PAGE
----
31. 31. 2.PROGRESSION THE SIX P’s (Cont. )
  32. 32. THE SIX P’S (CONT. )2. PROGRESSION Abrupt within hours 1. Bleeding in lymphangioma 2. Orbital emphysema 3. Fracture of medial orbital wall 4. Retrobulbar Haemorrhage 5. Traumatic haematoma 6. Ruptured dermoid 7. Rupture of ethmoidal mucocele 1. Orbital emphysema
  33. 33. Onset occurring over days to weeks • Idiopathic orbital inflammatory disease • Orbital cellulitis • Thrombophlebitis • Rhabdomyosarcoma • Thyroid ophthalmopathy • Neuroblastoma • Metastatic tumour
  34. 34. THE SIX P’S (CONT. ) Onset occurring over months to years • Dermoids • Benignmixed tumours • Neurogenic tumours • Cavernous hemangioma • Lymphoma • Fibrous histiocytoma • Osteoma
  35. 35. Intermittent proptosis • Orbital varices • Haemangioma • Carotid Cavernous fistula
  36. 36. 3.PROPTOSIS i.True or pseudoproptosis ii.Laterality – Unilateral/bilateral iii.Direction of displacement – Axial – Non-axial  Lateral  Inferonasal  Superior The 6 P’s
  37. 37. PROPTOSIS Clinically best appreciated by worm’s eye view -examiner looks up from below with patient’s head tilted back The 6 P’s
  38. 38. Nafziger’s Method
  39. 39. • patient sits in front of examiner, head slightly drawn back & looks downwards • examiner stands behind patient, looks over patient’s forehead by bending over patient’s head • examiner raises patient’s upper lids with his index fingers from sides • examiner compares position of apex of cornea on each side • patient bends his head forward and cornea should disappear at same time.
  40. 40. CLINICAL METHODS FOR MEASUREMENT OF PROPTOSIS: A) PLASTIC RULER: can measure proptosis from the lateral orbital rim to corneal apex,holding ruler parallel to ground
  41. 41. B)LUEDDE’S EXOPHTHALMOMETER: -Transparent plastic mm ruler which is thicker than normal ruler - is better than hertel’s if there is facial asymmetry
  42. 42. C)HERTEL’S Exophthalmometry • Most commonly used • Three types Absolute exophthalmometry - compared with n/lreading (>21mm) Relative exophthalmometry - relative distance of the2 corneas from lateral orbitalrim. Comparative exophthalmometry -exophthalmos of at different times.
  43. 43. Steps of hertel’s exophthalmometry
  44. 44. Stepsof Hertel’s exopthalmometer 1. make sure instrument is ready 2. explain patient 3. ask patient to sit in erect position 4. take a seat one arm away from patient and make sure your eyes and patient’s eyes are at same level 5. ask patient to look at the centre of your forehead 6. place Hertel against lateral walls of patient 7. Measure patient’s left eye with examiner’s right eye 8. move our view so that 2 red lines on prism are are in overlapping position 9. find the position of corneal apex in millimeter scale in prism 10.record proptosis with base reading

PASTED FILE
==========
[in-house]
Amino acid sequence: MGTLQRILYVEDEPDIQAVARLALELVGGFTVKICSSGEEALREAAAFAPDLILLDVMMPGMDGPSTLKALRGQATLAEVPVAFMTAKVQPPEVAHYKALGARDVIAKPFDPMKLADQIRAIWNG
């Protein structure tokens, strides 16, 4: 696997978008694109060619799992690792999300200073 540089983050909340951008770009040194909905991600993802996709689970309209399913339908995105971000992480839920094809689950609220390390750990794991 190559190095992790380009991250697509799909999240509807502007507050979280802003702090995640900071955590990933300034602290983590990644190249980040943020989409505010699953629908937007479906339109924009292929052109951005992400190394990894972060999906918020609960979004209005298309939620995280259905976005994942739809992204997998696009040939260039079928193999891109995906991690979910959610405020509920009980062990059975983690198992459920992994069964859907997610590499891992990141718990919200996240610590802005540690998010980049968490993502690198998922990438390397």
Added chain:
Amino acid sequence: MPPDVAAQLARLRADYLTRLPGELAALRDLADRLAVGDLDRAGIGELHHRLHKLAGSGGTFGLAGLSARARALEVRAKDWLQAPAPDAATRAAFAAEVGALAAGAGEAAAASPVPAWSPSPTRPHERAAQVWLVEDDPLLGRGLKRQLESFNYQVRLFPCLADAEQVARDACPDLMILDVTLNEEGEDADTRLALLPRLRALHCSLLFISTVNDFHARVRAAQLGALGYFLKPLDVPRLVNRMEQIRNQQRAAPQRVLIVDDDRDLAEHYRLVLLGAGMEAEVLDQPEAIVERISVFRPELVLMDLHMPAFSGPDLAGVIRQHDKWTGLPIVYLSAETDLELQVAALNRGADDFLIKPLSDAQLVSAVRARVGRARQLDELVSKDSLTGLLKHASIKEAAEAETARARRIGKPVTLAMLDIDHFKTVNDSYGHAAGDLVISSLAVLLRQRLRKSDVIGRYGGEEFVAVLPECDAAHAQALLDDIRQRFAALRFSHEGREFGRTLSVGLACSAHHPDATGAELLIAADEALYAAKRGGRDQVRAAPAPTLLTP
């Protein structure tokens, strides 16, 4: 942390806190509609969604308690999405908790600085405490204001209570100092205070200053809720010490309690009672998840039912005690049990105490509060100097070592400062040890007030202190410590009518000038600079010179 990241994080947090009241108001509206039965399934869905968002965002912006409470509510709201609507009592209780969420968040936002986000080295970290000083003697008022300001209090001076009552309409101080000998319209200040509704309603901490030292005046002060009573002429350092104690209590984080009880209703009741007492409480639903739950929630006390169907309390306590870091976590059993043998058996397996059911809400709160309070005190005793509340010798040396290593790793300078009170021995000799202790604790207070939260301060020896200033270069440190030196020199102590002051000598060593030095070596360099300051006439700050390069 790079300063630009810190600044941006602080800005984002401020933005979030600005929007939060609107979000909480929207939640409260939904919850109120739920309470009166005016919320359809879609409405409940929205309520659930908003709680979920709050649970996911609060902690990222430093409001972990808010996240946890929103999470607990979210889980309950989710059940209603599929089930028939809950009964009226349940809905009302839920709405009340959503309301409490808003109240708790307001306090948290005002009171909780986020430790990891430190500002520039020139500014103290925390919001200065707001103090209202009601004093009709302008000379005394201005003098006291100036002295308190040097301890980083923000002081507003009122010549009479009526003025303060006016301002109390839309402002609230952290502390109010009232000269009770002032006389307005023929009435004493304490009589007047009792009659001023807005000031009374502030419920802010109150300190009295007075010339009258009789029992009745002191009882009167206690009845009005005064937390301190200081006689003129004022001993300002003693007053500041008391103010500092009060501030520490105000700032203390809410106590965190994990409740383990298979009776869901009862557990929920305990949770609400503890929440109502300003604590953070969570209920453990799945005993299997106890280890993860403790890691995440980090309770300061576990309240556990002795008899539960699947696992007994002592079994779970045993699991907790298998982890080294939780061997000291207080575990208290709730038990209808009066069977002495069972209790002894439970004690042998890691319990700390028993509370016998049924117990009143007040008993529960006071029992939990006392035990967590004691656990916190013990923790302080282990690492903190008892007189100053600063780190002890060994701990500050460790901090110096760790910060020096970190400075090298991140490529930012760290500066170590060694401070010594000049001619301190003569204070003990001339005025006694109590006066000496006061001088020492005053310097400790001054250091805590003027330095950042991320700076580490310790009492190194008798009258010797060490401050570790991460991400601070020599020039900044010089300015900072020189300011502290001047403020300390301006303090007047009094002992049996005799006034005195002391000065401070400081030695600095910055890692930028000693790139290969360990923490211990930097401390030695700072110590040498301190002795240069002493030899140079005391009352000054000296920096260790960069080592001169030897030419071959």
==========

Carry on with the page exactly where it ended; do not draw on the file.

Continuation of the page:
45. 45. Grading: • Mild : 21 – 23 mm • Moderate: 24 – 27 mm • Severe: 28 mm or more
  46. 46. D)Naugle’s exophthalmometer: -Useful in fracture patients when lateral canthus has been displaced -uses frontal and maxillary bone as references
  47. 47. 4.Pulsation Causes:  Pulsating vascular lesions (caroticocavernous fistula)  saccular aneurysm of ophthalmic artery  deficient orbital roof (congenital meningocele or meningoencephalocele, neurofibromatosis, traumatic or operative hiatus) The 6 P’s contd..
  48. 48. Auscultation • Globe/temporal region for bruit
  49. 49. PULSATION Without bruit • Neurofibromatosis • Meningoencephaloceles • Encephaloceles • Result of surgical removal of the orbital roof With bruit • Carotid cavernous fistula • Dural arteriovenous fistula • Orbital arteriovenous fistula
  50. 50. 1. Local Temperature 2. Tenderness 3. orbital margins 4. Retropulsion of globe 5. Regional lymph node 6. If mass palpable note  Position  Size,surface, attachnents  Consistency(hard , rubbery, spongy or soft)  Compressibility/ Reducibility 5.PALPATION The 6 P’s contd..
  51. 51. ORBITAL RIM • Palpation of orbital rim done to note any changes in contour or dehiscence of orbital wall....
  52. 52. RETROPULSION • should be estimated by applying equal digital pressure over two eyes, simultaneously • best done with examiner’s thumb over closed lids-retroocular resistance encountered in presence of solid tumors
  53. 53. LYMPH NODES • regional lymph node preauricular lymph node and metastatic dz. supraclavicular, and cervical nodes.
  54. 54. THE SIX P’S (CONT.) 6. PERIORBITAL CHANGES • S shaped eyelid (plexiform neurofibroma) • Salmon colored mass in cul-de-sac-lymphoma • Eyelid retraction and lid lag-TED
  55. 55. Ecchymosis of eyelid skin-metastatic neuroblastoma,leukemia,amyloidosis Eczematous lesions of eyelid-mycosis fungoides Edematous swelling of lowerlid (meningioma)
  56. 56. -Prominent temple –sphenoid wing meningioma -corkscrew conjunctival vessels –arteriovenous fistula
  57. 57. D. Other tests 1. Transillumination 2. Visual acuity 3. Pupillary reaction 4. Ocular motility 5. Forced duction test 6. Tonometry
  58. 58. 1.TRANSILLUMINATION (fluid / air filled)